The first prime minister of the Jewish state.
Hostility & Restraint
At the same time, conflict erupted on a different front. Beginning with the Arab revolt of 1936-39, and continuing with the struggle for the Jewish state in the 1940s, the Jewish community of Palestine was bitterly divided over the use of armed force. The position of Ben-Gurion and the Hagana--the official Jewish self-defense force--was that Arab hostility should be met with restraint--havlaga. This was needed both in order to prevent the escalation of violence and to preserve good relations with the British, whose support was crucial for the fulfillment of Zionist aims. This position changed with the publication of the 1939 White Paper, in which the British government declared its support for the creation of an Arab Palestinian state and effectively froze Jewish immigration.
During World War II, Ben-Gurion declared that the Zionists would fight with Britain against the Nazis as if there was no White Paper, and would fight the White Paper as if there were no war. In 1942, he was instrumental in drafting the Biltmore Program, which called for open Jewish immigration and the creation of a Jewish commonwealth in Palestine. Following the United Nations' 1947 decision to partition Palestine into Jewish and Arab states, and with the departure of the British in May 1948, he made the momentous decision to declare the establishment of the State of Israel. He became the first prime minister of the State of Israel and guided the country during the War of Independence.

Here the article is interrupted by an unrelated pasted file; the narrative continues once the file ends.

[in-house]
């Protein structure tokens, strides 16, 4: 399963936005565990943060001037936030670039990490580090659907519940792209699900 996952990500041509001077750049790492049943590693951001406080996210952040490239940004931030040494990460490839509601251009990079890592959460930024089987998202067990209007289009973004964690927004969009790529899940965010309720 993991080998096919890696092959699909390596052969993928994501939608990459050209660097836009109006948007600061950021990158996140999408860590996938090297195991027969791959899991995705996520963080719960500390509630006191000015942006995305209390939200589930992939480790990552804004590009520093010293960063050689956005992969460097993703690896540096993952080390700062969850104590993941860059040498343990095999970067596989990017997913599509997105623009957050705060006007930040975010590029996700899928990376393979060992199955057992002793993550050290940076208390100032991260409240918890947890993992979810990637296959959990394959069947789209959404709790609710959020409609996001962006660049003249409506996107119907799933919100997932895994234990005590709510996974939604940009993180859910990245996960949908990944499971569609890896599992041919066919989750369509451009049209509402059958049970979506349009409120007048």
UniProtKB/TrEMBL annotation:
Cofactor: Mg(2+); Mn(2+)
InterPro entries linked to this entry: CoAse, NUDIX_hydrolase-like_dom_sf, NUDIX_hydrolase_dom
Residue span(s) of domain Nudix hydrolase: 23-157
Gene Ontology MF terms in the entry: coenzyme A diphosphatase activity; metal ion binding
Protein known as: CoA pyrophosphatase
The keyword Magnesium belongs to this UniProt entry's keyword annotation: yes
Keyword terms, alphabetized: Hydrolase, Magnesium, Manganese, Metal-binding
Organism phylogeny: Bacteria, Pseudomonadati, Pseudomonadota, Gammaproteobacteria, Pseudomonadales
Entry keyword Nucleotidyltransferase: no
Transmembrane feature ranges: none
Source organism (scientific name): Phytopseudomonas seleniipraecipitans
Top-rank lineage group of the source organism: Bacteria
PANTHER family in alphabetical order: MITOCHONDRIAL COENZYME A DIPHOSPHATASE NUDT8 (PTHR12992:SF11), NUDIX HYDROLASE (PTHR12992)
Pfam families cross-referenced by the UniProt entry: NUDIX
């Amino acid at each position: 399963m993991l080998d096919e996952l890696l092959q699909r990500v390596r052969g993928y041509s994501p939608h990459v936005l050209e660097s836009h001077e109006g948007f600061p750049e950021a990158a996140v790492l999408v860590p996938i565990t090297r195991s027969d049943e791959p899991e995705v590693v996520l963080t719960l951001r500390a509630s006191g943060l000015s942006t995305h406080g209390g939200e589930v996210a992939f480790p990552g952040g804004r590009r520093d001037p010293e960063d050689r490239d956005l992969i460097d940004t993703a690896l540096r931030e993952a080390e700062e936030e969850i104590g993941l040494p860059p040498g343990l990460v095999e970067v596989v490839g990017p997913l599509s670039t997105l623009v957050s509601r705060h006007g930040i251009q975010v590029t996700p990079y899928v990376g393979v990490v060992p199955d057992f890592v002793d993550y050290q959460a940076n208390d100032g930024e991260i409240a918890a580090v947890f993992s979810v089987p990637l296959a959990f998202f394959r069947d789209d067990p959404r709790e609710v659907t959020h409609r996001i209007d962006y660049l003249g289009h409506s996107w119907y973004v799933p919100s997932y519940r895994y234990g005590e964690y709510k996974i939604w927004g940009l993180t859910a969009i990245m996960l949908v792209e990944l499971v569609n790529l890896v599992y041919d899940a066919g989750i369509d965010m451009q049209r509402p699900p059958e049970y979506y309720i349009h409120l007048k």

Since the 1990s, post-Zionist "new historians" such as Ilan Pappe and Benny Morris have alleged that during the war Ben-Gurion was aware of--or even initiated--a policy of transfer, the forced expulsion of Arabs. These claims have been hotly contested by historians such as biographer Shabtai Teveth, who assert that Israel’s first prime minister was resigned to the continuing presence of a large Arab minority enjoying equal rights in the future Jewish state. Yet Ben- Gurion argued against the conciliatory, diplomatic orientation of foreign minister Moshe Sharett. He took a hard line against the return of Arab refugees and pursued an activist foreign policy of military deterrence and retaliatory raids against neighboring Arab states, coming out of retirement in 1955 to lead Israel in the Sinai War against Egypt.
The Prime Minister
Ben-Gurion's tenure as prime minister (1948-53 and again from 1955-63) was governed by the principle of mamlachtiut, or statism--the belief that sectarian ideologies and interests must be replaced by loyalty to the state as a whole. Ben-Gurion set aliyah and immigrant absorption as Israel’s top priorities, established the Israel Defense Force, dispersing militias such as the Palmach and the Etzel, and sought to abolish ideological distinctions in education, replacing party-run schools with one all-encompassing state education system.
Did you like this article? MyJewishLearning is a not-for-profit organization.